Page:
You can get a pretty good tap by using the index and thumb of one hand to hold the soundboard about a 1/4 its length from the top, and tapping about 1/4 its length from the bottom. If you don't hold it tightly you can get most any wood to ring. It is pretty cool to brace, then listen to the tap tone change (drop) as the braces are shaped down.

As to side thicknessing, I'm not sure for oak. I've bent padauk sides at .110" and had NO problems despite reports that it's hard to bend and split-prone. Then I've bent walnut sides aroun .080" and had a hard time. I bend old-fashioned with a propane-torch heat pipe. I've changed my approach over the years, and I've been sizing my side woods to .040"-.050" and laminating the sides. This seems to work great wiith flatsawn sides (like quilt maple) where I use quartered wood for the inner pieces, and really keeps them flat and they hold shape even when I take the sides off my mold.

I still make my tops on a dead flat work surface; and use a shop-made 15.5' radus dish for the backs (partly because everyone seems to use 15') which is integral to my mini-gobar deck.
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  #129  
Old 02-23-2014, 07:04 PM
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Default Cam Clamp Day

So I started in on making cam clamps. Since I've never made one before, I decided to make just 1 and see if I could produce some decent results. I'm not quite done with it, but I like the results so far. I feel fairly certain it will do it's job. I do however finally need a drill press to drill the cam fulcrum and the relief hole for the upper jaw cut. I knew it was inevitable. I'll have to get the drill press before I can complete the cam clamps, so I'll be waiting a while to get back to the guitar.

These are made from a really great piece of white oak I found at the local specialty hardwood supplier's cast off bin. 6 feet long, 1.5 inches thick and 5.5 inches wide for 5 bucks. It had some checking on the end which is why it ended up in the bin. But I'll work good for this purpose.





These will have 8.5 inch jaws. Sufficient to reach the middle of the x for the x brace.



And, joy of joys, my band saw blade is finally getting dull. I've resawed a bunch of cedar with it, a bunch of white oak, cut a bunch of maple on it when I made my plane. So I suppose this has been a good stretch. Why can't tools just stay sharp indefinitely?
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  #130  
Old 02-23-2014, 09:44 PM
Neil K Walk Neil K Walk is offline
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...because you're working with oak!

Seriously, I tried making cam clamps too and I guess I didn't try hard enough because they came out terrible. I too used oak and the blade on my little Ryobi bandsaw was SMOKIN! Probably the biggest drawback was that I didn't use steel bars so the jaws kept slipping on the oak bar I opted to use instead.

Fortunately for me, I have a friend nearby who has a couple dozen Stewmac cam clamps and the local Rockler had them on sale too. I bought a pair with 4-1/2" throats for about HALF the price of ONE comparable Stewmac cam clamp.
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  #131  
Old 02-24-2014, 12:25 AM
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...because you're working with oak!
LOL. You and your obsession with the hardness of oak.

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Originally Posted by kwakatak View Post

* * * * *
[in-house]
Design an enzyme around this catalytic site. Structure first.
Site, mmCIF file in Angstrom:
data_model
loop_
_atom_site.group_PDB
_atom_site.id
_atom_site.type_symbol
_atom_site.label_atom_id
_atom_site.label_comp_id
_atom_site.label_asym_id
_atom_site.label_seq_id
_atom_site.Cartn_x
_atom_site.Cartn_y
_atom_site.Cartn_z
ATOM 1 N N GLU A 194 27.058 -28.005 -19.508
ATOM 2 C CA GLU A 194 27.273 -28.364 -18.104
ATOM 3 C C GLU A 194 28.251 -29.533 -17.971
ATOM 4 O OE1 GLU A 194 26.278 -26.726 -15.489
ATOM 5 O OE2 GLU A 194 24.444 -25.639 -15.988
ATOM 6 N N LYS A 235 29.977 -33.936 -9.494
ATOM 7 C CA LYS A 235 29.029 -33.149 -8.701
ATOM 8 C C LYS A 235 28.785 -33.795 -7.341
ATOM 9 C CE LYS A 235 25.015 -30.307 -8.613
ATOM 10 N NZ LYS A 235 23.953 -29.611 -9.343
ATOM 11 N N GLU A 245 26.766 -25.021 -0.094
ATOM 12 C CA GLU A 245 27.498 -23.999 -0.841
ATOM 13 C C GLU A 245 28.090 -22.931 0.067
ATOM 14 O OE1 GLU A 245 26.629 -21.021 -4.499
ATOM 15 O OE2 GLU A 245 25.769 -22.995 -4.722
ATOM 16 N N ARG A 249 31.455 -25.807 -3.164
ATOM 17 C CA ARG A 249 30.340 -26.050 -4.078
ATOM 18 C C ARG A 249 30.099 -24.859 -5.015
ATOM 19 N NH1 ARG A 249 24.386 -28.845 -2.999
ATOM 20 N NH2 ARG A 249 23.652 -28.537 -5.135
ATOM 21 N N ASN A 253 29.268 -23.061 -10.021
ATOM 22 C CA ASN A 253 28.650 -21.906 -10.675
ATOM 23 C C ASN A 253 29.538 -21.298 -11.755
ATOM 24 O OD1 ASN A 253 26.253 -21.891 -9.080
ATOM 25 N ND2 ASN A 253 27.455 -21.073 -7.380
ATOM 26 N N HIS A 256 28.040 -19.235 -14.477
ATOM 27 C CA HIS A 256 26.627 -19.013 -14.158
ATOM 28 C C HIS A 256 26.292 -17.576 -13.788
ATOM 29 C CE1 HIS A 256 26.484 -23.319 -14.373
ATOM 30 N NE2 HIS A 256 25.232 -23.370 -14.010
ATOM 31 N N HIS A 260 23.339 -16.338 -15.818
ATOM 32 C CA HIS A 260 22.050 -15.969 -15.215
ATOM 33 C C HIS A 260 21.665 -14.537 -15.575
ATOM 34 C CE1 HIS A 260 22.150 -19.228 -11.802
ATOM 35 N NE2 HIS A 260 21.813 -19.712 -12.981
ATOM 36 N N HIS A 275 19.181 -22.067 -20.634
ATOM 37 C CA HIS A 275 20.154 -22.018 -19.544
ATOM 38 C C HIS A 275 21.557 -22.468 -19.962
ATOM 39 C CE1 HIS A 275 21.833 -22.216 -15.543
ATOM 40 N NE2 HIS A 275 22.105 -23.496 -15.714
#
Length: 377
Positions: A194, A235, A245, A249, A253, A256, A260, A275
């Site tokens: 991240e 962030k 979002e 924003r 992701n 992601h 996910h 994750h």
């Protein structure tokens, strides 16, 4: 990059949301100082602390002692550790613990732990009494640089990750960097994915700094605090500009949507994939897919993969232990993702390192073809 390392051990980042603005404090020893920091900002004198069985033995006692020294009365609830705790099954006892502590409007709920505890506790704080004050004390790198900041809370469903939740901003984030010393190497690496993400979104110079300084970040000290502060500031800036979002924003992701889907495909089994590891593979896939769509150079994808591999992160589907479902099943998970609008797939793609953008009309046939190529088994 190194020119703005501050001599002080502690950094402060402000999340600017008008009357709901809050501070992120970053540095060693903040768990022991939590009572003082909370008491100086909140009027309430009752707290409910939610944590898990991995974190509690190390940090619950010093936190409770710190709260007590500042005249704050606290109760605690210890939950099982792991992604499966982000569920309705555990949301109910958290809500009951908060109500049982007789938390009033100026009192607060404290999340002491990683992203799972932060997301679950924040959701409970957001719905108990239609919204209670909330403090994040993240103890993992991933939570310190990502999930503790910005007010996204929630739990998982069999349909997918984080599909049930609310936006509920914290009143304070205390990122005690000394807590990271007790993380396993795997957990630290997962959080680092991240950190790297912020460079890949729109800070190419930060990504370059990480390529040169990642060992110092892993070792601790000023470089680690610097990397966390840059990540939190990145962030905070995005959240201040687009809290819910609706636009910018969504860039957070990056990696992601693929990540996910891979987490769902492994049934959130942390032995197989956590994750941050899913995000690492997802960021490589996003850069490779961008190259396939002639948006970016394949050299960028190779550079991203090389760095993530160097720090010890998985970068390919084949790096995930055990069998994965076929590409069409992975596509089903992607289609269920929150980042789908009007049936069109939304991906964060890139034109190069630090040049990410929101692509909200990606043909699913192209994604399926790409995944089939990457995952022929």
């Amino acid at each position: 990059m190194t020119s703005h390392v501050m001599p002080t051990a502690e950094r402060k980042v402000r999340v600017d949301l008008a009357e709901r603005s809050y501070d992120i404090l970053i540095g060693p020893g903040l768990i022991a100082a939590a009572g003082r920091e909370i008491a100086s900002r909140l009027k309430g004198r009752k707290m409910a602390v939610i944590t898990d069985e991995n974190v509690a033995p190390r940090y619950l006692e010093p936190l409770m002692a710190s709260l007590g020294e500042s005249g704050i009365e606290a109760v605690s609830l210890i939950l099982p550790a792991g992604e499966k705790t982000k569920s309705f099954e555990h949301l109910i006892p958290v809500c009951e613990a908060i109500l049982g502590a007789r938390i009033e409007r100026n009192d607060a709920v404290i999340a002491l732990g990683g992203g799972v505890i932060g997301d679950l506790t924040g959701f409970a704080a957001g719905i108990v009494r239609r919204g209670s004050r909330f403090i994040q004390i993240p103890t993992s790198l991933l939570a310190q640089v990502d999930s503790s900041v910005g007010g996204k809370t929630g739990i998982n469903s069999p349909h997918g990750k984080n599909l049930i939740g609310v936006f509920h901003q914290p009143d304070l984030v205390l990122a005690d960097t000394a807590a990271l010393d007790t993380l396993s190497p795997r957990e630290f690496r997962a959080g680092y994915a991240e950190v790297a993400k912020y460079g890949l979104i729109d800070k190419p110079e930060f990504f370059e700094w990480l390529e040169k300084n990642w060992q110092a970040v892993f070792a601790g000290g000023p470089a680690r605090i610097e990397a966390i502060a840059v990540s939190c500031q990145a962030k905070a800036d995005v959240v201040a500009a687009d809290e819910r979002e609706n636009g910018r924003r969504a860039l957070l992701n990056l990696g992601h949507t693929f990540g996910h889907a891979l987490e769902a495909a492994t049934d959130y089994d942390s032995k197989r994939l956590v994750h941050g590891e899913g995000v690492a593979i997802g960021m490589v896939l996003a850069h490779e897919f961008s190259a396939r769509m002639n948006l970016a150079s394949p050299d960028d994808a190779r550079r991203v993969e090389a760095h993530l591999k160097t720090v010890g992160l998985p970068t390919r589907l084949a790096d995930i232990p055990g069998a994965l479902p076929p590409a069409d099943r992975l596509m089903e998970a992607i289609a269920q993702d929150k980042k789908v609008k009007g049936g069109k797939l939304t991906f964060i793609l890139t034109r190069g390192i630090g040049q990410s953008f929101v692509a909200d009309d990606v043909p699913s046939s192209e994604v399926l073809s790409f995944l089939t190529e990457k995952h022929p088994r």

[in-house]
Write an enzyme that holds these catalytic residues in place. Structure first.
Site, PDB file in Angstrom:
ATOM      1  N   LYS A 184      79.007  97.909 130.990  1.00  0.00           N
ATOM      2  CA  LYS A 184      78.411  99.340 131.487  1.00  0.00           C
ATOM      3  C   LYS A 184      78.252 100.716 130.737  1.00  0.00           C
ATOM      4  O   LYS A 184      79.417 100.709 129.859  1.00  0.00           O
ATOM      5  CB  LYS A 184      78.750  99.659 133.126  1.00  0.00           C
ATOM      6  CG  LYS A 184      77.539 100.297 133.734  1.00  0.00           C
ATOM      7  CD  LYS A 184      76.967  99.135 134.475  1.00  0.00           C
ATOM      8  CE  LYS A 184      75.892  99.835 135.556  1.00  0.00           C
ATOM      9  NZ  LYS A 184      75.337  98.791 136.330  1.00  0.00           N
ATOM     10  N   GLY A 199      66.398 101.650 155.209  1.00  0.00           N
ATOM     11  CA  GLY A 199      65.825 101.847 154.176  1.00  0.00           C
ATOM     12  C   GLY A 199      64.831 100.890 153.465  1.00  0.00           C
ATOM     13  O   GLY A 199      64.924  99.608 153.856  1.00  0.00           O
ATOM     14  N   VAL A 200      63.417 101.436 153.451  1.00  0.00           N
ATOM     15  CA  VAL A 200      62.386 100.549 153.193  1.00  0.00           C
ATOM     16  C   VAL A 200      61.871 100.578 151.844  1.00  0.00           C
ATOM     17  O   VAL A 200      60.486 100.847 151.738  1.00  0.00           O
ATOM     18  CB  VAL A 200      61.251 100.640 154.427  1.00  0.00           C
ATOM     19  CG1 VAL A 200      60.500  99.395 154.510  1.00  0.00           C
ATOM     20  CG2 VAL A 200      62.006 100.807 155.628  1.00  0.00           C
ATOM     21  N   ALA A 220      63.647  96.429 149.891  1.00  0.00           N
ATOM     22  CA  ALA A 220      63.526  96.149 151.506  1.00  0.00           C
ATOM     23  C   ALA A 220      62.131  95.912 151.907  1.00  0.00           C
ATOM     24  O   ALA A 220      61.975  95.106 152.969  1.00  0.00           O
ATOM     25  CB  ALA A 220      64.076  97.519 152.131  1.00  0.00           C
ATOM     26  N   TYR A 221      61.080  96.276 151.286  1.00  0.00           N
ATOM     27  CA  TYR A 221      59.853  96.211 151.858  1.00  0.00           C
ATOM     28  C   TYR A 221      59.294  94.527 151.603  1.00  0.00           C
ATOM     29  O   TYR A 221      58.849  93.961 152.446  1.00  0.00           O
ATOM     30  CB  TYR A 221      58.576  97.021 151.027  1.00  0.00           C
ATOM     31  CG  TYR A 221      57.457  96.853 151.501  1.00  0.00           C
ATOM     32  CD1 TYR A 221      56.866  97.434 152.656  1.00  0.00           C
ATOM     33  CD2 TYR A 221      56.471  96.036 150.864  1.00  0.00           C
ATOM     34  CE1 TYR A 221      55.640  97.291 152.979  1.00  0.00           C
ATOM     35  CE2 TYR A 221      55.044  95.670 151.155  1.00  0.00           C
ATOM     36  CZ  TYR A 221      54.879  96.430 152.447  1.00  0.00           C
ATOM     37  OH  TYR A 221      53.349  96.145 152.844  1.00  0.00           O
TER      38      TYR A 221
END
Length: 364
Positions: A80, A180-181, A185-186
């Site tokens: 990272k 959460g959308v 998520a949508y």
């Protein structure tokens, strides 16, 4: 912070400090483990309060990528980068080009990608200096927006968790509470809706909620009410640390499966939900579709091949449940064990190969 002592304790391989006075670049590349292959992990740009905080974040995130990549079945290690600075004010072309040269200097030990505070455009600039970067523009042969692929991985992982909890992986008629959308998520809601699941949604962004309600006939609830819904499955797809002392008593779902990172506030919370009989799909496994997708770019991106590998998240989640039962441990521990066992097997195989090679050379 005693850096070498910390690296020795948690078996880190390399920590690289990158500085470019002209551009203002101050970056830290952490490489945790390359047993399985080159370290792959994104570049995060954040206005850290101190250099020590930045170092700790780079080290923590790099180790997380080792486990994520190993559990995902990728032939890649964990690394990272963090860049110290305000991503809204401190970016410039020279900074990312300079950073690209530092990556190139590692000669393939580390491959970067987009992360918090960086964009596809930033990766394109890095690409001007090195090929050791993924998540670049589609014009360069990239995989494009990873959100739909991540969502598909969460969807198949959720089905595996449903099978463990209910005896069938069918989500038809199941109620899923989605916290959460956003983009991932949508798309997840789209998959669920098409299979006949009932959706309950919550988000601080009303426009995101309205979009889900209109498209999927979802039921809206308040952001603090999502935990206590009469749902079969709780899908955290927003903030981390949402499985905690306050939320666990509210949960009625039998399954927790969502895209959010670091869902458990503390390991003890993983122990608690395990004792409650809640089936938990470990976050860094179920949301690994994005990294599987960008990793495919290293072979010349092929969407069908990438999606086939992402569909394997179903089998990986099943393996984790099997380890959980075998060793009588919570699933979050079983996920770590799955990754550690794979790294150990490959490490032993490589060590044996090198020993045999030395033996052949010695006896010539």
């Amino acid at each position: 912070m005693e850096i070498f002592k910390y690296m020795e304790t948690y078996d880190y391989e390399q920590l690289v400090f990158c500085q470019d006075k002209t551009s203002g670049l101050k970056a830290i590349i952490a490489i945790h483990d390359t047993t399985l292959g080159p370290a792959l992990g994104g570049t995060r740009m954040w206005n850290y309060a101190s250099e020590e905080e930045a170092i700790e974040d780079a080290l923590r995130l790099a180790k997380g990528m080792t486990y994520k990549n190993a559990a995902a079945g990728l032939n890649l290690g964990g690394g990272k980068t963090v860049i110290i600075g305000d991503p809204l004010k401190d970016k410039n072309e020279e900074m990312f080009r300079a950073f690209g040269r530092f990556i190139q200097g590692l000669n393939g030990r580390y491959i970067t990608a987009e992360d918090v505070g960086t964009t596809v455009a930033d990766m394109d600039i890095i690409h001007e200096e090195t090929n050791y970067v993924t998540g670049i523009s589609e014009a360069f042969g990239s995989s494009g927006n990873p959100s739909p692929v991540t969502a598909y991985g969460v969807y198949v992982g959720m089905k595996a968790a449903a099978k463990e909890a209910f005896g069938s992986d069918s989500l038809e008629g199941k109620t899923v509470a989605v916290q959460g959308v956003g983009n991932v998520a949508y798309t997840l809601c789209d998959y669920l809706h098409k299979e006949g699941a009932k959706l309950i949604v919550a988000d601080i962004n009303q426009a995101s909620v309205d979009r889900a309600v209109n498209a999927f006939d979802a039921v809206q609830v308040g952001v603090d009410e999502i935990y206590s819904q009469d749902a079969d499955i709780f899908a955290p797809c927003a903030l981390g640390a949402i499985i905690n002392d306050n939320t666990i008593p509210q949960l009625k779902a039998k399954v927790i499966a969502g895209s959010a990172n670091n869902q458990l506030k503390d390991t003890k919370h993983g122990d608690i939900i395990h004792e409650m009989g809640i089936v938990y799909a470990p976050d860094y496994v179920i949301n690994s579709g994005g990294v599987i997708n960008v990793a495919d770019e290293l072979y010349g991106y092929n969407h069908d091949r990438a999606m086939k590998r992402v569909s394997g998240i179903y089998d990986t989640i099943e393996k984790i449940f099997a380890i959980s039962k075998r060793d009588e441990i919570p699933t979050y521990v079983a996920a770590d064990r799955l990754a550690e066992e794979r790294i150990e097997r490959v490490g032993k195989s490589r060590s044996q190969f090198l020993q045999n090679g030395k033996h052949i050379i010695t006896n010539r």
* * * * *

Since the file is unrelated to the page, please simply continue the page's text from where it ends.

Seriously, I tried making cam clamps too and I guess I didn't try hard enough because they came out terrible. I too used oak and the blade on my little Ryobi bandsaw was SMOKIN! Probably the biggest drawback was that I didn't use steel bars so the jaws kept slipping on the oak bar I opted to use instead.
Yeah, that's the trick with them I think. Getting the top jaw to bind against the bar it's riding on so that it catches and holds fast. I don't know that using steel is necessarily the answer though, even though that is what I'm using. This guy used wood for the bar and it worked just fine. His is the video I used the most to formulate my own plan for construction. He used 3 separate pieces of wood, glued together, to build each jaw. Most of the other plans I saw used a single piece of wood and then relied on a table saw to cut the cam slot and the slots for the bar. My table saw sucks so I wanted a plan that didn't use one. I've got a good quality band saw, even though my blade is getting dull. Now I also need a dremel so I can sharpen the thing in a timely manner.
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  #132  
Old 02-24-2014, 02:40 AM
gpj1136 gpj1136 is offline
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A go bar deck is both easier to use for gluing braces and easier to build also. you could make the rods from left over oak. Using different lengths of rods you could also use it for gluing the top and back to the sides.

Last edited by gpj1136; 02-24-2014 at 02:46 AM.
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  #133  
Old 02-24-2014, 09:11 AM
charles Tauber charles Tauber is offline
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This guy used wood for the bar and it worked just fine.
I made a new set of clamps about a year ago or so. In order for them to work as well as the commercially made clamps, the tolerances/fit need to be just so. Perhaps most critical is the fit of the upper jaw on the bar. The fellow in the video doesn't mention it, but when both jaw faces are lined with cork or leather, to work well, when the cam is thrown, the upper jaw needs to be 90 degrees to the bar or a hair less. If not, they won't clamp thin materials well and will apply lateral forces to the work, causing glued surfaces to slide.